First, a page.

A first glance at a seven by nine foot Samual Weinberg painting can seriously bring a smile to your face. Or it can render the viewer speechless. On occasion, it elicits some loud “oohs and ahhhs” and once in a great while a full round of applause erupts. Is that guy really pink? Is that dark-haired man really green? What is up with the faces? Do I want to watch the sci-fi hand soap opera that Weinberg has posted on youtube? What is the Sci-fi hand soap opera anyway? There is a lot of uncertainty in a Weinberg painting. One question leads to more questions that don’t seem to provide any answers, but there is deep satisfaction in the view. We like it, although we may not be sure quite why but we hang on and go for a ride anyway.
Weinberg is a native of Minnesota. He wanted to be a professional baseball player, but his coach highly suggested to let go of that and pursue – art. From high school, he was accepted into the BFA program at the University of Wisconsin Stout and admits his first three years in college were nothing short of awkward as Weinberg pursued the process of attempting to infuse the influence of the old master painters into his work. At some point, he decided to explore on his own, and that’s when the magic began to happen.
The first character that came into Weinberg’s creative consciousness was the “Pinkman” - now Pinkmen as there are several in his body of narrative work. The Pinkmen represent the negative forces in Weinberg’s mystical universe. The Pinkmen are prone to violence. They love to fight. They are stretched into unnerving positions, carelessly lying about left for dead, although they are virtually indestructible. They connect with each other through violence. Their faces are one-eyed expressionless masks. His next step was to wonder what would happen when they interacted with the “Realies” which are represented by either realistic or historical art figures. It was Weinberg's initial intent to place these two forces together and explore the narratives results.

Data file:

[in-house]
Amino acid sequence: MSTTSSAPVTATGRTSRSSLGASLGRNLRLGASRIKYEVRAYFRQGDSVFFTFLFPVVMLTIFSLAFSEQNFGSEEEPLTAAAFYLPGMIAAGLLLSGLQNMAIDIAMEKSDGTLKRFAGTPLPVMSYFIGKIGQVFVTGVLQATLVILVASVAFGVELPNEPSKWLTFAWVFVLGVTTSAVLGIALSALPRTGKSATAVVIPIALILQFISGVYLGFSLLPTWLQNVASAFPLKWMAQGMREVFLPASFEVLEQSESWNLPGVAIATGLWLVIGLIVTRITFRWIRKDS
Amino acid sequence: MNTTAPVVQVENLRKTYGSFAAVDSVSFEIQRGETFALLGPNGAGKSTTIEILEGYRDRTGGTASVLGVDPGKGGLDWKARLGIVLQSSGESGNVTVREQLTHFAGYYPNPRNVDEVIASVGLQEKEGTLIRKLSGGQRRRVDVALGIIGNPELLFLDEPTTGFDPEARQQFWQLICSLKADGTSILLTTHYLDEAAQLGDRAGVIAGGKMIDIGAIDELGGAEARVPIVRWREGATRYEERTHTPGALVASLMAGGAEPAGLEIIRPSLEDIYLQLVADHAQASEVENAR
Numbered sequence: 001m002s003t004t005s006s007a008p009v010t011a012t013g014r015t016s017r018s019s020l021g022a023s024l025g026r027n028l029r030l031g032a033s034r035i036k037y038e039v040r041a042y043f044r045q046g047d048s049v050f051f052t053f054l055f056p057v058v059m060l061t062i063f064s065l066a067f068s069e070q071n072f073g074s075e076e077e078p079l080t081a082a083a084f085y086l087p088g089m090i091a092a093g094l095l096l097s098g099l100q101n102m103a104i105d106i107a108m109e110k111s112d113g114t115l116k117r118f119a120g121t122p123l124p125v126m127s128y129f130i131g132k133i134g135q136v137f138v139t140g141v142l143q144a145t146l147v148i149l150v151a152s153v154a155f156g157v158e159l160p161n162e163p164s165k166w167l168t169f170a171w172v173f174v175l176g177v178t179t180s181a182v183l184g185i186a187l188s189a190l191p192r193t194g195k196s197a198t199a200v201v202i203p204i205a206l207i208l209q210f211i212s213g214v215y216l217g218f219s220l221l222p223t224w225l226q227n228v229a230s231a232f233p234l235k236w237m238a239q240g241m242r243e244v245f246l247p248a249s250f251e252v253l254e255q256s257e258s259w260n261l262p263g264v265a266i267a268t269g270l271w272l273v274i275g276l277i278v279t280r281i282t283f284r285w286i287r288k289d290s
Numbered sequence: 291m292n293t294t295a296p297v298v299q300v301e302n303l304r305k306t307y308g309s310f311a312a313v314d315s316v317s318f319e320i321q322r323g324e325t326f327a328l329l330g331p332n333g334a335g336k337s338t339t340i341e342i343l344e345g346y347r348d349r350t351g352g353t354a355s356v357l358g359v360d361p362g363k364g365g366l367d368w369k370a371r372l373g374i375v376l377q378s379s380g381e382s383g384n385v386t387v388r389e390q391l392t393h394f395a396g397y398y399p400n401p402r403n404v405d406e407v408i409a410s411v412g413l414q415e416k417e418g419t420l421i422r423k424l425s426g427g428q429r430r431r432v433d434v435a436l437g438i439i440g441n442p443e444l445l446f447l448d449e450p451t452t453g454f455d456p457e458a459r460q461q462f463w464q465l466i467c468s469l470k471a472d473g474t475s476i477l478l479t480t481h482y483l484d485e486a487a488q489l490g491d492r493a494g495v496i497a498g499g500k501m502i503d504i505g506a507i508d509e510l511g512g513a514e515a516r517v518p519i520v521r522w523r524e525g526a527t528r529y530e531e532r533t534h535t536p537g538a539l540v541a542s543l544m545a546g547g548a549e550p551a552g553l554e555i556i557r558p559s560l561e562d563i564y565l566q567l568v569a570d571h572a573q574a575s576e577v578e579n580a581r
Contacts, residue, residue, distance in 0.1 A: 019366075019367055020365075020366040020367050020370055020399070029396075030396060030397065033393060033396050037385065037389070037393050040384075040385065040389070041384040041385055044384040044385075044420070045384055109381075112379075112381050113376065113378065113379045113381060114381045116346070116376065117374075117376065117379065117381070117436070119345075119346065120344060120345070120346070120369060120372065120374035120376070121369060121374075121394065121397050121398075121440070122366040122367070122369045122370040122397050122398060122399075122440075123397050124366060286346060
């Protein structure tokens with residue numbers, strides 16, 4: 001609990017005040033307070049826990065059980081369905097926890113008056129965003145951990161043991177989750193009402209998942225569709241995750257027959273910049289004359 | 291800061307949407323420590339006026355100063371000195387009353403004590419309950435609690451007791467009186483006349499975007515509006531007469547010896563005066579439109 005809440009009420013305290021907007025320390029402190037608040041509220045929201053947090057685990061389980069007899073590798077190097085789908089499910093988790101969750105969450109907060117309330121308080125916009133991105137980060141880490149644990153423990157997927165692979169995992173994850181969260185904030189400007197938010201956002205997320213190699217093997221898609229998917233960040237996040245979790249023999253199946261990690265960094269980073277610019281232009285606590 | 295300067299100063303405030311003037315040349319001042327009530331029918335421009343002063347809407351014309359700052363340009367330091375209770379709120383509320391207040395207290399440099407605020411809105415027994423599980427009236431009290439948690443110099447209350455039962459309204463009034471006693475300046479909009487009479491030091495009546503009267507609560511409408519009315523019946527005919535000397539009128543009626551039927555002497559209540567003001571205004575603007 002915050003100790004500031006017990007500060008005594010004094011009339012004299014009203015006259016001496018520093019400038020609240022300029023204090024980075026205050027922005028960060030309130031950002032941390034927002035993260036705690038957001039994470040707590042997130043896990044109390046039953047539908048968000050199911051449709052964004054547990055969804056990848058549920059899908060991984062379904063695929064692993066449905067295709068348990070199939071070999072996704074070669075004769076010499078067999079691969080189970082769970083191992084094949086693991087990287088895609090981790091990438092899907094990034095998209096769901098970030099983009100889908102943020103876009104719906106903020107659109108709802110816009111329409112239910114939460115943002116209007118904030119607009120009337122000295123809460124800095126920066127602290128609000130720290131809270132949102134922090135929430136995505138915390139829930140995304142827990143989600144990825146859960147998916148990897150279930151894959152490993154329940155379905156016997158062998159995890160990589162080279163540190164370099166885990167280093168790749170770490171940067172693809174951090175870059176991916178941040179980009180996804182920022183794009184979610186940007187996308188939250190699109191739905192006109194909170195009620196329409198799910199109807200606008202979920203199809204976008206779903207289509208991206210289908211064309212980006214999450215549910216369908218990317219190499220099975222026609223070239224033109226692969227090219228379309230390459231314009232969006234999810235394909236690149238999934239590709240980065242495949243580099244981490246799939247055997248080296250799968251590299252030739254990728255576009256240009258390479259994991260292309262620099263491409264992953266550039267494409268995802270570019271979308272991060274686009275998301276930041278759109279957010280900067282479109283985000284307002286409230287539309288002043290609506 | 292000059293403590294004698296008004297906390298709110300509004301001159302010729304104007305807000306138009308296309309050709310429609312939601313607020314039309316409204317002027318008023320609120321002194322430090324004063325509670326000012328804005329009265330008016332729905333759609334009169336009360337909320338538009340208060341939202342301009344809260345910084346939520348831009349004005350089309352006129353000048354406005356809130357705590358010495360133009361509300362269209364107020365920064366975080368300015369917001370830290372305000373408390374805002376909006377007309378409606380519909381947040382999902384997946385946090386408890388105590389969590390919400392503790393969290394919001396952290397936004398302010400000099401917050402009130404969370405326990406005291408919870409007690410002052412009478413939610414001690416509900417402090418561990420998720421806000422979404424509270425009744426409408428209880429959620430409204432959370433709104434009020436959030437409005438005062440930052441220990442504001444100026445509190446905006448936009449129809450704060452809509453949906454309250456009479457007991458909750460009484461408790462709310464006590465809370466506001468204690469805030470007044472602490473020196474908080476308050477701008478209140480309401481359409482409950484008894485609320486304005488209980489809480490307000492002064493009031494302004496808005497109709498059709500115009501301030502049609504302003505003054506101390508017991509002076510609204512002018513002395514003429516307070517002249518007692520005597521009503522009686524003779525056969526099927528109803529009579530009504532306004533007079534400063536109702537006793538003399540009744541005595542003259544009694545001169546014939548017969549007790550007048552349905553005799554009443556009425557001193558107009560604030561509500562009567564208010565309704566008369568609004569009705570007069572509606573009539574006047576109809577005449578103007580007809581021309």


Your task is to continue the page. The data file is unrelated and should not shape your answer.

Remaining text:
As Weinberg explains “ ...my paintings are imagined situations or struggles dealing with the nature of meaning and knowledge, which simultaneously navigate the possibilities and place of fiction and narrative in painting.”
The Pinkmen war on the Realies. While both sides of this cosmic battle are limited in facial expression, Weinberg utilizes the hands to reveal the inner psyche of his characters. Hands are depicted in bright shades of pink or blue. They are replaced by animals or disproportionately sized to the role they are attached too. We are drawn to their meaning because of their emphasis and the ability of the artist to elevate their emotional significance.
Weinberg’s works in this exhibition are connected. They feel like an old-fashioned serial or soap opera where characters come and go, appear in some “episodes” but not in others. They are murdered but miraculously come back to life with no explanation needed. Seen as a whole this collection returns to itself and becomes an intricate woven tapestry in search of narrative answers.